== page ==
Roaring campfires, camp songs, and roasted marshmallows are essential parts of Cispus. So Ridgefield celebrated its 50th year of attending Cispus Outdoor School with a fun campfire event at Abrams Park.
Unfortunately, the park wasn’t the right venue for an actual bonfire. But fire pits with wood fires subbed in, and the smoky smell was enough to evoke memories of camp, whether you attended this year or decades ago.
Sunset Ridge Intermediate School principal Todd Graves recognized the community effort that goes into making Cispus happen. “There are a lot of people that we need to thank tonight, and instead of me standing here and reading a list of names that would go on for hours and hours and hours, I just want to say thank you to everyone that has been involved with Cispus.”
Two special awards were presented. One award honored John Hudson, Sr., the principal who founded Cispus. His granddaughters and great-granddaughters accepted the award. The second award went to Allene Wodaege, who worked with Hudson to found and develop the program and served as the program director for 25 years. Wodaege and her daughter, Carla Bonebrake, were there to accept the award.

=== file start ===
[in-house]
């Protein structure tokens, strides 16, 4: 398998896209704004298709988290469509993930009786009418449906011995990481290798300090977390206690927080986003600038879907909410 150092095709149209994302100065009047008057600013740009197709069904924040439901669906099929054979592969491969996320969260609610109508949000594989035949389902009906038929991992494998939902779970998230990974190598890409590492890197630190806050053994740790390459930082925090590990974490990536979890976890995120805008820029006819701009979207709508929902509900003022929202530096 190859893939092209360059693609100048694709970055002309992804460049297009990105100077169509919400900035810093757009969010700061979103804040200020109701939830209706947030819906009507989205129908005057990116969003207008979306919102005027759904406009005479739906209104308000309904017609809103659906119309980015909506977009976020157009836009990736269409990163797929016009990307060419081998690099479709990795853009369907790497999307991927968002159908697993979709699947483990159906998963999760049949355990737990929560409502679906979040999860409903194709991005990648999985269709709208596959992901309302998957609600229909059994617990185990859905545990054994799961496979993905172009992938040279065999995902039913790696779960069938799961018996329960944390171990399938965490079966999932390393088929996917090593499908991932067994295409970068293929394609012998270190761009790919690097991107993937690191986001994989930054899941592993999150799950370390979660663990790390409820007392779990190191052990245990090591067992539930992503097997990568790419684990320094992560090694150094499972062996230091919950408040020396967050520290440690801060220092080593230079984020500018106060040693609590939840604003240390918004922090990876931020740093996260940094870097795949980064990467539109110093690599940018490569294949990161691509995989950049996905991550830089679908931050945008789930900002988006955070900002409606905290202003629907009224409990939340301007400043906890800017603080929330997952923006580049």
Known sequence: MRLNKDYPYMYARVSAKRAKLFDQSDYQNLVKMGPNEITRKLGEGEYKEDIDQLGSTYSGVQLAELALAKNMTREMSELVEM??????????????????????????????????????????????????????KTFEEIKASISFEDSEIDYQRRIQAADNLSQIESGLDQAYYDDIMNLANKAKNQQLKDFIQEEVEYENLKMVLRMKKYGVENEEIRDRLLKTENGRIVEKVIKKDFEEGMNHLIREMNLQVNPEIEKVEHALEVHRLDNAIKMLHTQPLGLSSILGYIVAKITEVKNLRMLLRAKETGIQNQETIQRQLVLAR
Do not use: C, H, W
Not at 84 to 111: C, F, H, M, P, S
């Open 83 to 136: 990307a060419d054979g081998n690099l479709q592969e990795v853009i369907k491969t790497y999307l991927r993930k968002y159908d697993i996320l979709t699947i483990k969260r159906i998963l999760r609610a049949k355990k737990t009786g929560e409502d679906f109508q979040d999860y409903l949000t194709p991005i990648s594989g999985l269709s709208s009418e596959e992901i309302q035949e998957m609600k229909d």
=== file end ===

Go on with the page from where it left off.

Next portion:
John Hudson, Sr.'s granddaughters and great-granddaughters accepted the award on his behalf.
Allene Wodaege was delighted to receive the award recognizing her dedication to the Cispus program.
Camp counselors lead the crowd in a round of Cispus songs.
Much like at Cispus, the evening was filled with good food and lots of fun. The Lions Club grilled delicious hot dogs and hamburgers for the large crowd. Piles of marshmallows, chocolate, and graham crackers were ready for s’mores. Kids and adults practiced roasting perfect golden marshmallows over the fire pits. And the counselors from this year’s camp led the group in Cispus songs.
People marveled at the fact Cispus had been around for 50 years and hoped it would be around for another 50. They talked about their own memories of Cispus—as students, as counselors, as parents, as volunteers. Cispus has become an essential part of the Ridgefield experience, one that so many people in our community treasure. As the fires started to die down and the sun started to set, it felt like a little bit of Cispus magic was right there in Abrams Park.